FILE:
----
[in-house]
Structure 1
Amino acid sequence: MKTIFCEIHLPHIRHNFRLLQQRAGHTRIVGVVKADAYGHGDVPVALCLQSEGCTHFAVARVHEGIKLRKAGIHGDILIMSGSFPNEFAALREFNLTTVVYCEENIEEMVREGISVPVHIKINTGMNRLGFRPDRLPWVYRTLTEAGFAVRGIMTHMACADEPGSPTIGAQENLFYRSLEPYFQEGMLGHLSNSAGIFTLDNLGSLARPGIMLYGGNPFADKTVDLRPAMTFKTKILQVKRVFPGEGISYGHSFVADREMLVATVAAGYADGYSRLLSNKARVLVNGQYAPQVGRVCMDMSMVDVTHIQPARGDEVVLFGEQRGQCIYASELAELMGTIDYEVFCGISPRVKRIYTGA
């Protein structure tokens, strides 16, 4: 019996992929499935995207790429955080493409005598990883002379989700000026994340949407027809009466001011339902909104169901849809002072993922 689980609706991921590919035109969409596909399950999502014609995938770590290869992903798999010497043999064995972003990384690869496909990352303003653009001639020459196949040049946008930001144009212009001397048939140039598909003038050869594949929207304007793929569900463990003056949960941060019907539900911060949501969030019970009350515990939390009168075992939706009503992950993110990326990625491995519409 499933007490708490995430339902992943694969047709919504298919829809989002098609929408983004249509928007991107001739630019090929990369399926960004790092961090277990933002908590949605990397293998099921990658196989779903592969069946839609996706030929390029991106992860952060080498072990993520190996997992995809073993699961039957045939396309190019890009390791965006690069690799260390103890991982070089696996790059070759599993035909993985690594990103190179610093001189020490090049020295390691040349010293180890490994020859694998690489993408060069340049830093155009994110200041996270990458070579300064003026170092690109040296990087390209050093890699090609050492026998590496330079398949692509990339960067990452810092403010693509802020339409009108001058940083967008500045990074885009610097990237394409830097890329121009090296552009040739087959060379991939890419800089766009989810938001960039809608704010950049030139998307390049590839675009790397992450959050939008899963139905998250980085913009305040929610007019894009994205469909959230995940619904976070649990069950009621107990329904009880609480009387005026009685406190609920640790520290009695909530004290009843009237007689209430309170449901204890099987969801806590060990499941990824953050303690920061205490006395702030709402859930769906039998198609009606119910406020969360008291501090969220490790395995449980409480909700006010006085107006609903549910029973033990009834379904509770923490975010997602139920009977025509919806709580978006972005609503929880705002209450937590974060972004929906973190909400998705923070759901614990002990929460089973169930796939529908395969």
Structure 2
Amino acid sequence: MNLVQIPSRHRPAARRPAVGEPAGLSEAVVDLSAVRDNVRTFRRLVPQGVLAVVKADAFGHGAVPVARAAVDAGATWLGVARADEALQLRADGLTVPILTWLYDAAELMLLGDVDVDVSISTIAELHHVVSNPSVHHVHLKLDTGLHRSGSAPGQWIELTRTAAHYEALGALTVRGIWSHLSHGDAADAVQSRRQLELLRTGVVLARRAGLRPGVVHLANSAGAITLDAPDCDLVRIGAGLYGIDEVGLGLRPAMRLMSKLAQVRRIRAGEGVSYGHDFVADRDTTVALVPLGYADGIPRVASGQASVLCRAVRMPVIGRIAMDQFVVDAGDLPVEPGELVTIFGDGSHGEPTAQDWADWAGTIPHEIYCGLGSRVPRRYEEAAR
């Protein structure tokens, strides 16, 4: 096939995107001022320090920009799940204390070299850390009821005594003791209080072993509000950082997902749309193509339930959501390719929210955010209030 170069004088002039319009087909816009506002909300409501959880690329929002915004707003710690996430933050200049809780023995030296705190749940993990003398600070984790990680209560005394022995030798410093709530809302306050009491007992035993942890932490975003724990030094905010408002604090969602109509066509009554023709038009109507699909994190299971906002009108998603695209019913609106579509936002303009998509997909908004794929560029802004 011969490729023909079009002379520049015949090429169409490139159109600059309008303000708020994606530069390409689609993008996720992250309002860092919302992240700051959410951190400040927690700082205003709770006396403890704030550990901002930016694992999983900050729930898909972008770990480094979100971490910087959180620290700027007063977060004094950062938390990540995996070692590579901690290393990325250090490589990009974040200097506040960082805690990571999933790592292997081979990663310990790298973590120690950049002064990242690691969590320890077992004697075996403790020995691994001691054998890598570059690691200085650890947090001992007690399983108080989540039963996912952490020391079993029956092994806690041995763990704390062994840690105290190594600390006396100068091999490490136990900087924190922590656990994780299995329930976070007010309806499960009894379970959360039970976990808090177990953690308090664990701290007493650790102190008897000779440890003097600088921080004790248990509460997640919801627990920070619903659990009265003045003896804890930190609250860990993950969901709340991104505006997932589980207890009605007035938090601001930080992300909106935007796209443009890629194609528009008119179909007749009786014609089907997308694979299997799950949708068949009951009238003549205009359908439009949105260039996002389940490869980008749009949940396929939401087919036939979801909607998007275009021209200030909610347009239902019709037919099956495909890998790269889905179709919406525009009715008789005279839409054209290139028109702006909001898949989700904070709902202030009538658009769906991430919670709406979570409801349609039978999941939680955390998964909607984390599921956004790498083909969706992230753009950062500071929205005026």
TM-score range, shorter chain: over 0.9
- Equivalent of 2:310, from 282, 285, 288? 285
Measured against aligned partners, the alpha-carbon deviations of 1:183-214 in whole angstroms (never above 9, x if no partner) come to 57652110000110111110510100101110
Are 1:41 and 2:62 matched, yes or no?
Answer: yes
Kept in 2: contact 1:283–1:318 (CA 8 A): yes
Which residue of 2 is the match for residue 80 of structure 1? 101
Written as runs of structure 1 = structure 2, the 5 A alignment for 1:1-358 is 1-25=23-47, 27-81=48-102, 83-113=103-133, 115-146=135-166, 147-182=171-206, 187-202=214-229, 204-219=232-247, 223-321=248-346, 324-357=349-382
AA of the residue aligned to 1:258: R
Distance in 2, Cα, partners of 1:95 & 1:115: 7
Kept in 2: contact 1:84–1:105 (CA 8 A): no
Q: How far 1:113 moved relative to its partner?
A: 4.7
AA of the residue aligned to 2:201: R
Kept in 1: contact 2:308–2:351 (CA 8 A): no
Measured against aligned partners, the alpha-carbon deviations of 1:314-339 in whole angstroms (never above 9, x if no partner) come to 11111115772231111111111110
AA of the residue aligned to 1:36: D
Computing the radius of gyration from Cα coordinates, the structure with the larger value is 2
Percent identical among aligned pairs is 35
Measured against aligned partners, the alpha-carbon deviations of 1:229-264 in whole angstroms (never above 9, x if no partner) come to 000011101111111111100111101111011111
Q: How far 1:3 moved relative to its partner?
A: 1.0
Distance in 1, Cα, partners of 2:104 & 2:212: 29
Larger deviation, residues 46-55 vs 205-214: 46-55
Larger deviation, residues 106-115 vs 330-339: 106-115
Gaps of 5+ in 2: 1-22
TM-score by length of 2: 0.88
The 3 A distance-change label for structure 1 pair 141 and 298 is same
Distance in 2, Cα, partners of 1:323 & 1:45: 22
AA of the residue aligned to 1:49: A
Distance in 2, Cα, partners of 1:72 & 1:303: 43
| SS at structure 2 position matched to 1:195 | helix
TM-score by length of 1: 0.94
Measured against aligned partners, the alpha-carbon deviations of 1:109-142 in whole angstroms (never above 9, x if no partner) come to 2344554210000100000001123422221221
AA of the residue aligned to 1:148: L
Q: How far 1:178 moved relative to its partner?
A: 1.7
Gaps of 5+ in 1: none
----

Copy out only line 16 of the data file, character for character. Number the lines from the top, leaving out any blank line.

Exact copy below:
AA of the residue aligned to 1:258: R